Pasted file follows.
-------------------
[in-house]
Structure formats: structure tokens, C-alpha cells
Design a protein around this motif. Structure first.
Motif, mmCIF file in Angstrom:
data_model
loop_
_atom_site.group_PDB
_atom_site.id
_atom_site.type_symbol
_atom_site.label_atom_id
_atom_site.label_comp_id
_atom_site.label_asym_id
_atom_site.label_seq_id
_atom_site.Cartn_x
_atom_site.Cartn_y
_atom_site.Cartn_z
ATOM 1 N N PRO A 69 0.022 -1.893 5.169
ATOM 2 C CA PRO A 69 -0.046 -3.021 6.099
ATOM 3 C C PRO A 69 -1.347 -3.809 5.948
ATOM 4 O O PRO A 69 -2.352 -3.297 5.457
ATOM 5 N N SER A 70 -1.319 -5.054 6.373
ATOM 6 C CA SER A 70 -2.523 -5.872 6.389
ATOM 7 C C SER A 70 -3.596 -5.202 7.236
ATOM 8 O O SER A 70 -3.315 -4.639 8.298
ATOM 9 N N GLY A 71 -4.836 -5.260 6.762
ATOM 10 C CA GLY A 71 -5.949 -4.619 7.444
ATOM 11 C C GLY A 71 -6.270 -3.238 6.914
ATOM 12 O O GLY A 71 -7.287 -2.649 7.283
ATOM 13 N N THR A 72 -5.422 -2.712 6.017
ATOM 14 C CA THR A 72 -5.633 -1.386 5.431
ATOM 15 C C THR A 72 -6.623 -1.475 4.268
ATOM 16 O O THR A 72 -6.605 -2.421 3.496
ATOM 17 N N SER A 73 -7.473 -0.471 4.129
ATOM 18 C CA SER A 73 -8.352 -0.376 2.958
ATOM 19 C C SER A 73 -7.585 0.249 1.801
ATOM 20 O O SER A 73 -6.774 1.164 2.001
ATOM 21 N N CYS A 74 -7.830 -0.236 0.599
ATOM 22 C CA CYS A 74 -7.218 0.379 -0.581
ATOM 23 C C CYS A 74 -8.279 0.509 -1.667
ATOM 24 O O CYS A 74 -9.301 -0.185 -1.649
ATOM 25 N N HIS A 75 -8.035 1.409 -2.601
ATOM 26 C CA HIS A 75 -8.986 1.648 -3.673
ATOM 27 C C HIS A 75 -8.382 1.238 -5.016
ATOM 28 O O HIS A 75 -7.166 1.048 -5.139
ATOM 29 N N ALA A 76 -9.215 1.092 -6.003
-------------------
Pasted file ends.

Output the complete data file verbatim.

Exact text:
[in-house]
Structure formats: structure tokens, C-alpha cells
Design a protein around this motif. Structure first.
Motif, mmCIF file in Angstrom:
data_model
loop_
_atom_site.group_PDB
_atom_site.id
_atom_site.type_symbol
_atom_site.label_atom_id
_atom_site.label_comp_id
_atom_site.label_asym_id
_atom_site.label_seq_id
_atom_site.Cartn_x
_atom_site.Cartn_y
_atom_site.Cartn_z
ATOM 1 N N PRO A 69 0.022 -1.893 5.169
ATOM 2 C CA PRO A 69 -0.046 -3.021 6.099
ATOM 3 C C PRO A 69 -1.347 -3.809 5.948
ATOM 4 O O PRO A 69 -2.352 -3.297 5.457
ATOM 5 N N SER A 70 -1.319 -5.054 6.373
ATOM 6 C CA SER A 70 -2.523 -5.872 6.389
ATOM 7 C C SER A 70 -3.596 -5.202 7.236
ATOM 8 O O SER A 70 -3.315 -4.639 8.298
ATOM 9 N N GLY A 71 -4.836 -5.260 6.762
ATOM 10 C CA GLY A 71 -5.949 -4.619 7.444
ATOM 11 C C GLY A 71 -6.270 -3.238 6.914
ATOM 12 O O GLY A 71 -7.287 -2.649 7.283
ATOM 13 N N THR A 72 -5.422 -2.712 6.017
ATOM 14 C CA THR A 72 -5.633 -1.386 5.431
ATOM 15 C C THR A 72 -6.623 -1.475 4.268
ATOM 16 O O THR A 72 -6.605 -2.421 3.496
ATOM 17 N N SER A 73 -7.473 -0.471 4.129
ATOM 18 C CA SER A 73 -8.352 -0.376 2.958
ATOM 19 C C SER A 73 -7.585 0.249 1.801
ATOM 20 O O SER A 73 -6.774 1.164 2.001
ATOM 21 N N CYS A 74 -7.830 -0.236 0.599
ATOM 22 C CA CYS A 74 -7.218 0.379 -0.581
ATOM 23 C C CYS A 74 -8.279 0.509 -1.667
ATOM 24 O O CYS A 74 -9.301 -0.185 -1.649
ATOM 25 N N HIS A 75 -8.035 1.409 -2.601
ATOM 26 C CA HIS A 75 -8.986 1.648 -3.673
ATOM 27 C C HIS A 75 -8.382 1.238 -5.016
ATOM 28 O O HIS A 75 -7.166 1.048 -5.139
ATOM 29 N N ALA A 76 -9.215 1.092 -6.003